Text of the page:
Their strategy for counteracting a hate-driven attack is taught in active bystander classes: essentially, Crimson Fist and their allies put themselves between the attacker, who usually starts with verbal harassment, and the victim. This redirects the attention of the potential attacker and allows another volunteer to steer the would-be victim to safety.
“In the two years or so that I’ve been up there working, it’s definitely been at least a dozen or so times that we’ve had to intervene [between] violent situations like active harassers and things like that,” Crimson Fist said.
Their tactics are all about deescalation and being visible. The bright red mask, baseball caps with the Crimson Fist logo, accompanied by a crimson bullet-proof vest or high-visibility jacket make the hero recognizable as a figure who is there to help.
“Usually, the goal is to try and just get their focus on us,” Crimson Fist said.
Later, their patrols saw the increase of petty crime and street robbery, incidences of purse snatching and bipping, the smash-and-grab car burglaries that have plagued the upper peninsula.
When asked what their plan was for preventing crime while on patrol, Crimson Fist admits “there isn’t one.”
Getting involved in the middle of a bipping or robbery is dangerous, not only to Crimson Fist but also to bystanders. The goal, Crimson Fist says, is more to dissuade people from committing crime by being an active witness, and to take care of victims in the aftermath of a robbery in which they may be injured or knocked down.
In addition to providing first aid and emotional support to victims, Crimson Fist is involved with Tuff Love Self Defense, which trains people in self-defense and focuses on teaching members of the LGBTQIA+ community to defend themselves from attack.
Crimson Fist said being nonbinary themselves and noting the number of queer and trans folks on the street who are vulnerable to attack, this part of community outreach is especially important to them.
“I do a lot of work with the local trans community in Oakland. We put on a lot of self defense and safety seminars,” they said. “Having the trans experience kind of gives me a different perspective on justice issues and things like that in the world, and it’s kind of a big part of why I’m able to connect with different communities.”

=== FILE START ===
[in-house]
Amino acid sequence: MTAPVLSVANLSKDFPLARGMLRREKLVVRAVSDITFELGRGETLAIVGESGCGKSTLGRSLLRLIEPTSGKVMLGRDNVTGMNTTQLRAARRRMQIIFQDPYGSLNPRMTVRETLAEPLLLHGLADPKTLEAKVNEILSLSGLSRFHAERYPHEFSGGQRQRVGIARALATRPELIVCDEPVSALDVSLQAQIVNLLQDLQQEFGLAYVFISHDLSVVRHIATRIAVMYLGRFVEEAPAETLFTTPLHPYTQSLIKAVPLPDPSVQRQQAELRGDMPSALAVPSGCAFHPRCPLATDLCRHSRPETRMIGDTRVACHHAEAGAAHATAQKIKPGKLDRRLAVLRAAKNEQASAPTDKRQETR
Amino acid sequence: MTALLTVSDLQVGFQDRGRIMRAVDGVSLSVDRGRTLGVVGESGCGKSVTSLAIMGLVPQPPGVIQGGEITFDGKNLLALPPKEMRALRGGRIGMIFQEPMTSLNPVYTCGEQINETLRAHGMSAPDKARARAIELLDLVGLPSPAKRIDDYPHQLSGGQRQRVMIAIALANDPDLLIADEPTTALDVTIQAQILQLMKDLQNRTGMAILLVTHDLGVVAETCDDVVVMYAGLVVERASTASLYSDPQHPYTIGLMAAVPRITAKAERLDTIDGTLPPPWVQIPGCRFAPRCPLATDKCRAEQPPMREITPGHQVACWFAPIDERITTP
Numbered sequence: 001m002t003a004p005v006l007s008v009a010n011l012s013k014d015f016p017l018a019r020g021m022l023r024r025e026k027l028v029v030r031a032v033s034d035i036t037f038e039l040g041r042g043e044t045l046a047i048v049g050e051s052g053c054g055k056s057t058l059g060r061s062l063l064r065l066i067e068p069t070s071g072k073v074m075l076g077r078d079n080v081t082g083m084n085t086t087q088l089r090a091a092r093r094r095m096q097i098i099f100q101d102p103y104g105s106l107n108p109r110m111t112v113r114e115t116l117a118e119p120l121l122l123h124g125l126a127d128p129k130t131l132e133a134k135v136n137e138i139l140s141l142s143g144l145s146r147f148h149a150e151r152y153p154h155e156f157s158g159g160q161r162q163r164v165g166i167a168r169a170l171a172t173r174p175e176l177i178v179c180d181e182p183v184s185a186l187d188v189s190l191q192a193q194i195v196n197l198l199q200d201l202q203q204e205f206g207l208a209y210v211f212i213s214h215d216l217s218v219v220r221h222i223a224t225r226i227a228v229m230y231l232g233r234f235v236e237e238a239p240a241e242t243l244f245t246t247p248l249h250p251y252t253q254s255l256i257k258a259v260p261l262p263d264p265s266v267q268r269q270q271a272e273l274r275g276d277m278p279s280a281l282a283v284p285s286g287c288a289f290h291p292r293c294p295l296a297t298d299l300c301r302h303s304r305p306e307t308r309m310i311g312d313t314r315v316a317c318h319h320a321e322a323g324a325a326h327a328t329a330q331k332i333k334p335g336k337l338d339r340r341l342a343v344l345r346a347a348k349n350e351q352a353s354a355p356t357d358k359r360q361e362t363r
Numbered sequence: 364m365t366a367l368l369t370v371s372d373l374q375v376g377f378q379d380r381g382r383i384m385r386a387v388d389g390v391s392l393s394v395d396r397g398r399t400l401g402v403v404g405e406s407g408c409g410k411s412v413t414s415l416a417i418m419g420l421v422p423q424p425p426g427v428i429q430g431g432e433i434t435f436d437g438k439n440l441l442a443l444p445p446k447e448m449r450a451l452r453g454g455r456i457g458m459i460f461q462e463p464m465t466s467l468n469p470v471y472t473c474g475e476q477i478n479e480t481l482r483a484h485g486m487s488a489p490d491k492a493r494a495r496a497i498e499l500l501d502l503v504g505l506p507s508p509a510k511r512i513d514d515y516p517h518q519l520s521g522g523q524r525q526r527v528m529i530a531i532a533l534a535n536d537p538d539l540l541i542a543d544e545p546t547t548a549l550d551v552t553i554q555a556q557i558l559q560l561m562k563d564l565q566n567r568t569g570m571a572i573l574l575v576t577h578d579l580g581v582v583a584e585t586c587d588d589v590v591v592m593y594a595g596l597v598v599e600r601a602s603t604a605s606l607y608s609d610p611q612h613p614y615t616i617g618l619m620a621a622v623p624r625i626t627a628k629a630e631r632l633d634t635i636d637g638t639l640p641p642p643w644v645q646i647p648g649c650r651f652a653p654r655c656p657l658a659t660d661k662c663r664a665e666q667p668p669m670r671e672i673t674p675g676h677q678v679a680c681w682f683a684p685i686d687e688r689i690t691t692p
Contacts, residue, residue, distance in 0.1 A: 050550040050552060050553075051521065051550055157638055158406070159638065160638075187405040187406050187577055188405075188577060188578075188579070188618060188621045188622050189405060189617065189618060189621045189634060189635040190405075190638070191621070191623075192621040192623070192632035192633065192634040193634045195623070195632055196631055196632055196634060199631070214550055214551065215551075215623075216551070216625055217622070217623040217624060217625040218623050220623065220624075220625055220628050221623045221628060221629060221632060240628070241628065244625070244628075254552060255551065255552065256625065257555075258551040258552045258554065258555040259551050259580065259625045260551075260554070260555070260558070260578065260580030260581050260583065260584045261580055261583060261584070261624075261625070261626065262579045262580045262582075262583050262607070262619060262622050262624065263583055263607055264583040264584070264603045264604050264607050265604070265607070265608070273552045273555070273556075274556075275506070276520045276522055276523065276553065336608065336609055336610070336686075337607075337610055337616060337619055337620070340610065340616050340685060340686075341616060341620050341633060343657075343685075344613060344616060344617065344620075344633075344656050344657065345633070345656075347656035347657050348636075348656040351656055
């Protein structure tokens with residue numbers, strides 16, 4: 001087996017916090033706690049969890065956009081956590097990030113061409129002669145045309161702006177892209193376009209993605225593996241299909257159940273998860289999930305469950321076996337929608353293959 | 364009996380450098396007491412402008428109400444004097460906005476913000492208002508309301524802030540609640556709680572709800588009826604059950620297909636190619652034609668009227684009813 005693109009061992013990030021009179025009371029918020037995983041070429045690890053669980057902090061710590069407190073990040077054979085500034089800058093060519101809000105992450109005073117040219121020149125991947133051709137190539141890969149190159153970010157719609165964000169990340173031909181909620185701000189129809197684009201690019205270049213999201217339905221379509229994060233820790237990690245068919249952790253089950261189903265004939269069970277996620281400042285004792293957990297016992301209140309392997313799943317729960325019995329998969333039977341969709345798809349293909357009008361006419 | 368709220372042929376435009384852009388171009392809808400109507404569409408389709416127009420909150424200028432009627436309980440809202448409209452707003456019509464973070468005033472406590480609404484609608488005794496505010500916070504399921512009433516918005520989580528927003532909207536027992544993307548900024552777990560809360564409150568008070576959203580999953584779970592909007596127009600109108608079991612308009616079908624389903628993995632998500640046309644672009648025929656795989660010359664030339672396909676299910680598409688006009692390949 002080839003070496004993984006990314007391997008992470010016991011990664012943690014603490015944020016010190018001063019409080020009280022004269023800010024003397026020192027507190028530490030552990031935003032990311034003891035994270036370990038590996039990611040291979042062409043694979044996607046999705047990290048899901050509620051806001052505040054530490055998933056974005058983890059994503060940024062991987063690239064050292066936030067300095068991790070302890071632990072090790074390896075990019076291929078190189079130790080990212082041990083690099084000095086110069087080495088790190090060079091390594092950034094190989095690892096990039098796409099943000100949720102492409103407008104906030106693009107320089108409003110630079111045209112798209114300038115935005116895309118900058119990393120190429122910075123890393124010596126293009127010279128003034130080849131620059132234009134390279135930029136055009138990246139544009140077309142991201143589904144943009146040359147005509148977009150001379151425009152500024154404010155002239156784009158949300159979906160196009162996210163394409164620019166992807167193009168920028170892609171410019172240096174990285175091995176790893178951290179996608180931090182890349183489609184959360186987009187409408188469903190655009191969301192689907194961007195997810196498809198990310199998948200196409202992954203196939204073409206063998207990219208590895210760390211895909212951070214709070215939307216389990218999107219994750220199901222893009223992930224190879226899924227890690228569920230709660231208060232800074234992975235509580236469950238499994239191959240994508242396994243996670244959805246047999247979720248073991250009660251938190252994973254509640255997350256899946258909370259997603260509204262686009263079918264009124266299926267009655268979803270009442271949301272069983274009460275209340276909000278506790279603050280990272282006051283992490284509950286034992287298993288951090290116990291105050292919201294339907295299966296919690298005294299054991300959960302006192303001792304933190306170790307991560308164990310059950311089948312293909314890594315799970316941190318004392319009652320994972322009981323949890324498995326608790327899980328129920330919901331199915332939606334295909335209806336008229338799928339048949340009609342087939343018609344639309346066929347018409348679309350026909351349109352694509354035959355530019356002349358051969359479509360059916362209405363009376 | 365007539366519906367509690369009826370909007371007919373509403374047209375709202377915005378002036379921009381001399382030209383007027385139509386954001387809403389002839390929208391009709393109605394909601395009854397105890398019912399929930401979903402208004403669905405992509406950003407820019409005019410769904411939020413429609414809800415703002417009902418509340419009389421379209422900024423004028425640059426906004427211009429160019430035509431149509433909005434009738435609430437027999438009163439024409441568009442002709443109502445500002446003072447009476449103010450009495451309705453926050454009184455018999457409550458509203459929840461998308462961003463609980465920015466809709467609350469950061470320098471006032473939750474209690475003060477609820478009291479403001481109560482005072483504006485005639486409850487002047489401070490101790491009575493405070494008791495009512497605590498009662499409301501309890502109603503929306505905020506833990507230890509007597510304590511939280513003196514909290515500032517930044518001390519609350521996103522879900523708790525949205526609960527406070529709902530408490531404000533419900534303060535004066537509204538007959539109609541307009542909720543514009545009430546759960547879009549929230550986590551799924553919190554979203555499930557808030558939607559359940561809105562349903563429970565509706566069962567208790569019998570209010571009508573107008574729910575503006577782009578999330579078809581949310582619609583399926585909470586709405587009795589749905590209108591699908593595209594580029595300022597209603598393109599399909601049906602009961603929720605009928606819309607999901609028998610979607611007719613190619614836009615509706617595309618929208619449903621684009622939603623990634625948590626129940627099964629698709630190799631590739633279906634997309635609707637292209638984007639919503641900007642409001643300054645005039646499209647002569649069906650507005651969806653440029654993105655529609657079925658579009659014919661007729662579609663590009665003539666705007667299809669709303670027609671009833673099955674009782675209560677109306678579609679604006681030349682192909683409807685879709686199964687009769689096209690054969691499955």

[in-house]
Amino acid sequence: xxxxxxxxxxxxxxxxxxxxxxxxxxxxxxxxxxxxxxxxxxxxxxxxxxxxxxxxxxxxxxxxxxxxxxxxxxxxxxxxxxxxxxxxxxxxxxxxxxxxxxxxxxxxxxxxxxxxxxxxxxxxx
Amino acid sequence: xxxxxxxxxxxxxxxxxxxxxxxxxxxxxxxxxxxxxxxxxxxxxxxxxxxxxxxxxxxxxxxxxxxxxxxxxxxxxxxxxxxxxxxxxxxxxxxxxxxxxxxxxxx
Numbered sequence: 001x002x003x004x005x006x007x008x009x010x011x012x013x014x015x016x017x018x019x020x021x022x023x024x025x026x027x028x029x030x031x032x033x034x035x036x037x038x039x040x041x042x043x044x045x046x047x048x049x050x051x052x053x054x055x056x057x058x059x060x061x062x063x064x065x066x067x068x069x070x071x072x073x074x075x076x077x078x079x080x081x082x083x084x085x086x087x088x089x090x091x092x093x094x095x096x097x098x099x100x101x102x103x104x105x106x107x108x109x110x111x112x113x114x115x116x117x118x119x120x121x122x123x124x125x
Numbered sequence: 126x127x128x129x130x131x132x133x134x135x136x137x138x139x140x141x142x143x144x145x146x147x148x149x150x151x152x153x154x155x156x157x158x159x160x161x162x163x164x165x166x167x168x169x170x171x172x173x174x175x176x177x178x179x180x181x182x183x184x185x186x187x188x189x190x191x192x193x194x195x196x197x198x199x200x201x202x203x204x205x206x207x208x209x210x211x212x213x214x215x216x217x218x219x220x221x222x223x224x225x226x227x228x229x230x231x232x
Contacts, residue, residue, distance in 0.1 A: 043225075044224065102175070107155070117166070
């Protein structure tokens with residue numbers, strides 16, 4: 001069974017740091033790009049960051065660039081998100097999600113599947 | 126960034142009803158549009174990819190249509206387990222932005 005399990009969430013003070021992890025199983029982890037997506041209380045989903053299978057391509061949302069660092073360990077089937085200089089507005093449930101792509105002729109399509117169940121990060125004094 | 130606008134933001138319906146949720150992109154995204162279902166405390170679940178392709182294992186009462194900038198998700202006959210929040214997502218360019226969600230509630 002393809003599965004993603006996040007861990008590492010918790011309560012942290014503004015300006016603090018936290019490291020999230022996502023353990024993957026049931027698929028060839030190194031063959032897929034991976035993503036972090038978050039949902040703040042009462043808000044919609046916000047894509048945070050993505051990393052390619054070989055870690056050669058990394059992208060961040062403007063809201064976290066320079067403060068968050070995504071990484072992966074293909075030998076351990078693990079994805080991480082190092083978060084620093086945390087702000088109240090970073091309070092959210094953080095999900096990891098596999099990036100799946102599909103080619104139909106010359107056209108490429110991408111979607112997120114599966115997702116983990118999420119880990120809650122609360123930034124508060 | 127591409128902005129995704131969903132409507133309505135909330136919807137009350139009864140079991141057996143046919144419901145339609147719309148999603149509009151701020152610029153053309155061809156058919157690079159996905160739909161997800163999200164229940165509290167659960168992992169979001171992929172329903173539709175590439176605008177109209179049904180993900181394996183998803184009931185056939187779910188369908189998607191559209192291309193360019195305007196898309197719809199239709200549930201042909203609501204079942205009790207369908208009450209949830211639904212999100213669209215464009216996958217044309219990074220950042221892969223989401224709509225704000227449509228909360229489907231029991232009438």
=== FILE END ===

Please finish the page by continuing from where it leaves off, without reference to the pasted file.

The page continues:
Though he now resides in Rochester, NY, a bit closer to the city that truly inspired Gotham, San Jose’s own Batman says the “Capital of Silicon Valley” hasn’t seen the last of him. However, until San Jose’s own Dark Knight can come back to distribute water and socks, and use active bystander techniques to diffuse altercations, the city needs more heroes.
So B.A.S.H., Bay Area Superheroes, is recruiting.
“You can only do so much as one person, and while one person can do a lot to make a difference, a collection of people can do a lot more. We wanted to build that collection of people whose sole goal is to help people who are facing homelessness,” Batman said.
In terms of recruitment criteria, Batman and Crimson Fist agree that they aren’t looking for a particular skill set. The basic conditions for recruitment into the Bay Area’s answer to the Justice League are being over the age of 18, and being willing to do something kind for someone who can offer nothing in return.
“We want people who are empathetic and are driven to do the right thing,” Batman said. “Not just because it’s convenient for them. In fact, the opposite: you have to be driven to do the right thing when it is the most inconvenient, when it does cause you the most trouble, because it happens all the time.”
Batman also stressed that while he and Crimson Fist want to encourage people to take care of those they view as members of their own community due to proximity, he also wants people to expand their definition of community to include people who are vastly different from themselves.
“I want to see people who care not just about their community, but communities that they are not a part of,” Batman said. “I want to see people who are accepting of different races, religions and orientations–you’re gonna meet a lot of people doing this work and you need to be able to empathize and understand where people are coming from, and that only comes through acceptance.”